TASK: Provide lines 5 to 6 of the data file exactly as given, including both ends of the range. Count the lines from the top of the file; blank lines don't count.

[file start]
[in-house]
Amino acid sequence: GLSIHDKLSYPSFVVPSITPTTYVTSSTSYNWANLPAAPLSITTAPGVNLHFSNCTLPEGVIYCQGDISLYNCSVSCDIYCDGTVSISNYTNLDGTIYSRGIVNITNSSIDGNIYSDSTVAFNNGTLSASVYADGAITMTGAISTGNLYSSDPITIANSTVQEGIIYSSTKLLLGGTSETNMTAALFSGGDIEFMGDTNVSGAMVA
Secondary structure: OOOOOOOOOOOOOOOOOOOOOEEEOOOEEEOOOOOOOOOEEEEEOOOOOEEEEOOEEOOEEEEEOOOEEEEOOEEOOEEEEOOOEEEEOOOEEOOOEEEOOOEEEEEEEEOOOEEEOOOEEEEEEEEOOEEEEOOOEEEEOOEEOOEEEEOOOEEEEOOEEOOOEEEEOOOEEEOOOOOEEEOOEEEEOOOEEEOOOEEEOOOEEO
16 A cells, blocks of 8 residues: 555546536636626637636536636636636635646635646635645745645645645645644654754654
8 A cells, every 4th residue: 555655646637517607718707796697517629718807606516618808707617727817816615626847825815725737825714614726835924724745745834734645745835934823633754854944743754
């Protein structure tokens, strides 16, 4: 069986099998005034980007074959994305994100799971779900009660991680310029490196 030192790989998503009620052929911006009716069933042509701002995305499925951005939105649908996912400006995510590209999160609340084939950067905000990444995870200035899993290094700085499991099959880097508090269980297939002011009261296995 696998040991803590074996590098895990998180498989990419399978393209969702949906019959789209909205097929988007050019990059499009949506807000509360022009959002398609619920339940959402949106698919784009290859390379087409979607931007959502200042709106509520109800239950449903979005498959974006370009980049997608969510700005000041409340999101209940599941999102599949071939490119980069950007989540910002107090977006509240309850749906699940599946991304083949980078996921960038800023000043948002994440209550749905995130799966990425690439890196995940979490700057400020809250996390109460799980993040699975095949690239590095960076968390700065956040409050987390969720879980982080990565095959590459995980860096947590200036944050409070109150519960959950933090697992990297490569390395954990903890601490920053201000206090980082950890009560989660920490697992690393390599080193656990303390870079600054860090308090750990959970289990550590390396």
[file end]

8 A cells, every 4th residue: 555655646637517607718707796697517629718807606516618808707617727817816615626847825815725737825714614726835924724745745834734645745835934823633754854944743754
């Protein structure tokens, strides 16, 4: 069986099998005034980007074959994305994100799971779900009660991680310029490196 030192790989998503009620052929911006009716069933042509701002995305499925951005939105649908996912400006995510590209999160609340084939950067905000990444995870200035899993290094700085499991099959880097508090269980297939002011009261296995 696998040991803590074996590098895990998180498989990419399978393209969702949906019959789209909205097929988007050019990059499009949506807000509360022009959002398609619920339940959402949106698919784009290859390379087409979607931007959502200042709106509520109800239950449903979005498959974006370009980049997608969510700005000041409340999101209940599941999102599949071939490119980069950007989540910002107090977006509240309850749906699940599946991304083949980078996921960038800023000043948002994440209550749905995130799966990425690439890196995940979490700057400020809250996390109460799980993040699975095949690239590095960076968390700065956040409050987390969720879980982080990565095959590459995980860096947590200036944050409070109150519960959950933090697992990297490569390395954990903890601490920053201000206090980082950890009560989660920490697992690393390599080193656990303390870079600054860090308090750990959970289990550590390396």